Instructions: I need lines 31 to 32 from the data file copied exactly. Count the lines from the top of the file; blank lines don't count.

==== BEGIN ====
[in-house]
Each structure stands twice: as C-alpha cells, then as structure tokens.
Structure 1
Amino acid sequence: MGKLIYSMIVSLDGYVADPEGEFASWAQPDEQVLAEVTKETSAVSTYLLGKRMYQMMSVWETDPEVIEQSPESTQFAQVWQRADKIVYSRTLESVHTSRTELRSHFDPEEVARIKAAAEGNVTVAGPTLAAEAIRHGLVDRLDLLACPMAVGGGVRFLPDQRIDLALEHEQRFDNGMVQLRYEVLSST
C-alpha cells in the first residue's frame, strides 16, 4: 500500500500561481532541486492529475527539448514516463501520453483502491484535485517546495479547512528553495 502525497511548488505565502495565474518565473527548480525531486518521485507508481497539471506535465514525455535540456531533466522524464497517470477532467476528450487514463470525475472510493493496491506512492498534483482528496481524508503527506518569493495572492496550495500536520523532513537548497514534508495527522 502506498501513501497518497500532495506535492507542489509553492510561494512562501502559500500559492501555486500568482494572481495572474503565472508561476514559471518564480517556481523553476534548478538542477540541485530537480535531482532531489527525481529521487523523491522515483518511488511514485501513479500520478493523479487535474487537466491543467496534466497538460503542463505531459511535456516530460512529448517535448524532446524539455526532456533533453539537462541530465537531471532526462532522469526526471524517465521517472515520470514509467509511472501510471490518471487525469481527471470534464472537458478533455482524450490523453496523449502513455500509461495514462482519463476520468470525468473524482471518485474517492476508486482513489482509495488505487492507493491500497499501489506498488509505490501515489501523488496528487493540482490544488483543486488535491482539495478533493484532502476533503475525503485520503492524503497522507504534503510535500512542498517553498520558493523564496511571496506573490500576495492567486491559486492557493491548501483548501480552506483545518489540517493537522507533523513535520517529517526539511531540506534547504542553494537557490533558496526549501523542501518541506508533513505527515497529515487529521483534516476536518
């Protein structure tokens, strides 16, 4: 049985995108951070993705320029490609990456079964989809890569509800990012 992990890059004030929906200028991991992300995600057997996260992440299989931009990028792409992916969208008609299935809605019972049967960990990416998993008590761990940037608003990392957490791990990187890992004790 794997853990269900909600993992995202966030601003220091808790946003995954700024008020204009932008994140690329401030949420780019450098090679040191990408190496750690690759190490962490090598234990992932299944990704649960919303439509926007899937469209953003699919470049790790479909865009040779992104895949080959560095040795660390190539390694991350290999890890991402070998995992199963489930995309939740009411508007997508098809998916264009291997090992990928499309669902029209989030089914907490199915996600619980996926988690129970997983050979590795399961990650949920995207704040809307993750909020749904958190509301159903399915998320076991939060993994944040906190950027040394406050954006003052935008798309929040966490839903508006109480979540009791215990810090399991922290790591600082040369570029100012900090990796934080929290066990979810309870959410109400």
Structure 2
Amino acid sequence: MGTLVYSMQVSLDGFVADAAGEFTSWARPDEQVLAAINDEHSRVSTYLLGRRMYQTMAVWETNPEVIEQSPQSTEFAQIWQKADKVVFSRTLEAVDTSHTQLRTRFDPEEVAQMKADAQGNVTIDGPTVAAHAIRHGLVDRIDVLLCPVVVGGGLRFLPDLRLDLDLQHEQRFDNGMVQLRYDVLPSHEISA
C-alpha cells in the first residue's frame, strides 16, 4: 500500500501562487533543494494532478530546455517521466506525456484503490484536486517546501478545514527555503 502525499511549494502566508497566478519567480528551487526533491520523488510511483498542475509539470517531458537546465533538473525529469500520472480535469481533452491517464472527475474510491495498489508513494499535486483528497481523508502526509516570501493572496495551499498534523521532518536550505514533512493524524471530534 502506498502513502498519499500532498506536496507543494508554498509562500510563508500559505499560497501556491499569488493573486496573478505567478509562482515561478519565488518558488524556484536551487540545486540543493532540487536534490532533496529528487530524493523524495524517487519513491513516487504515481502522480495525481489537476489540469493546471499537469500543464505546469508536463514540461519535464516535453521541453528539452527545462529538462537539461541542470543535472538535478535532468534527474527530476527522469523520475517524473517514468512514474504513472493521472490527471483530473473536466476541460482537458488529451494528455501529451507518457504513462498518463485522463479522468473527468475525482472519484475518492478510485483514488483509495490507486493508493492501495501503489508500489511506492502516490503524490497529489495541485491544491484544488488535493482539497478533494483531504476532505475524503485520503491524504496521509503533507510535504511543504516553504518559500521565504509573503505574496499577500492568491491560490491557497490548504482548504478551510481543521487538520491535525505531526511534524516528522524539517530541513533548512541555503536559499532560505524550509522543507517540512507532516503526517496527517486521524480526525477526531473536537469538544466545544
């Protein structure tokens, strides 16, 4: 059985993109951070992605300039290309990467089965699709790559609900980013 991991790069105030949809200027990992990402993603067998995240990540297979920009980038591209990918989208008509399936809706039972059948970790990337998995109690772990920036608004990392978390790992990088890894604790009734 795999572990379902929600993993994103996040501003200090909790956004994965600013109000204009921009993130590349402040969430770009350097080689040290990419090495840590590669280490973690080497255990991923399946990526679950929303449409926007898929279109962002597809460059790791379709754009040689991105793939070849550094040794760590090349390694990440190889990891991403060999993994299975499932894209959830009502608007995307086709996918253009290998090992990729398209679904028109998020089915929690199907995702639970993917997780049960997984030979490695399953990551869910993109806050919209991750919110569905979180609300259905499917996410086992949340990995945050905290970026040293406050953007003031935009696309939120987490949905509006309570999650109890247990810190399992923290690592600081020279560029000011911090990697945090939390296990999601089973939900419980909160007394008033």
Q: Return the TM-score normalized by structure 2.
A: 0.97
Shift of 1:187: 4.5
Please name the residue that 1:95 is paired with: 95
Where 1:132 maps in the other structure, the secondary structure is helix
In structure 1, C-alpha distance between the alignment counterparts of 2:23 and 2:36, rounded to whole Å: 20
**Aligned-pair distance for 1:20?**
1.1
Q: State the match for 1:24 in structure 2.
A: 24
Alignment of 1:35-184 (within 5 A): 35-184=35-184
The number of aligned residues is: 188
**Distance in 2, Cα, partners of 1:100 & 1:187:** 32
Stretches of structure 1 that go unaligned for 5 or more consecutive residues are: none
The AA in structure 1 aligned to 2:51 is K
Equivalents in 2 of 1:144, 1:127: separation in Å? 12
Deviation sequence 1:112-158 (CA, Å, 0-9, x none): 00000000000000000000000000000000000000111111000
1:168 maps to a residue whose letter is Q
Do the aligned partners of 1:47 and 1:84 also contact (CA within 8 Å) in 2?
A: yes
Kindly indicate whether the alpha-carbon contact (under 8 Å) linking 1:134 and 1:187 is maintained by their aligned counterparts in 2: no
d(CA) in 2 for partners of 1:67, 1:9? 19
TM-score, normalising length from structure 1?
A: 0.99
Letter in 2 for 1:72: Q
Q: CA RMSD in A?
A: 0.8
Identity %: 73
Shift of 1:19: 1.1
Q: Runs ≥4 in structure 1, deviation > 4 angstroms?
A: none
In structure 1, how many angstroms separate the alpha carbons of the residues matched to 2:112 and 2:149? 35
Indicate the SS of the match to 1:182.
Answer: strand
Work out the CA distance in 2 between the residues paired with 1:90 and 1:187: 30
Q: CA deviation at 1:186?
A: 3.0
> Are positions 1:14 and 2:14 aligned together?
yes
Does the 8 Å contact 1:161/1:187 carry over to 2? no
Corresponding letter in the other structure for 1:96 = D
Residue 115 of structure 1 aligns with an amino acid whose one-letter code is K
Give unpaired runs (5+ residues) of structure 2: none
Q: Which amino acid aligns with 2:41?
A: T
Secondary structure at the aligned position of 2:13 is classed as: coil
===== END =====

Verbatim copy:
Kindly indicate whether the alpha-carbon contact (under 8 Å) linking 1:134 and 1:187 is maintained by their aligned counterparts in 2: no
d(CA) in 2 for partners of 1:67, 1:9? 19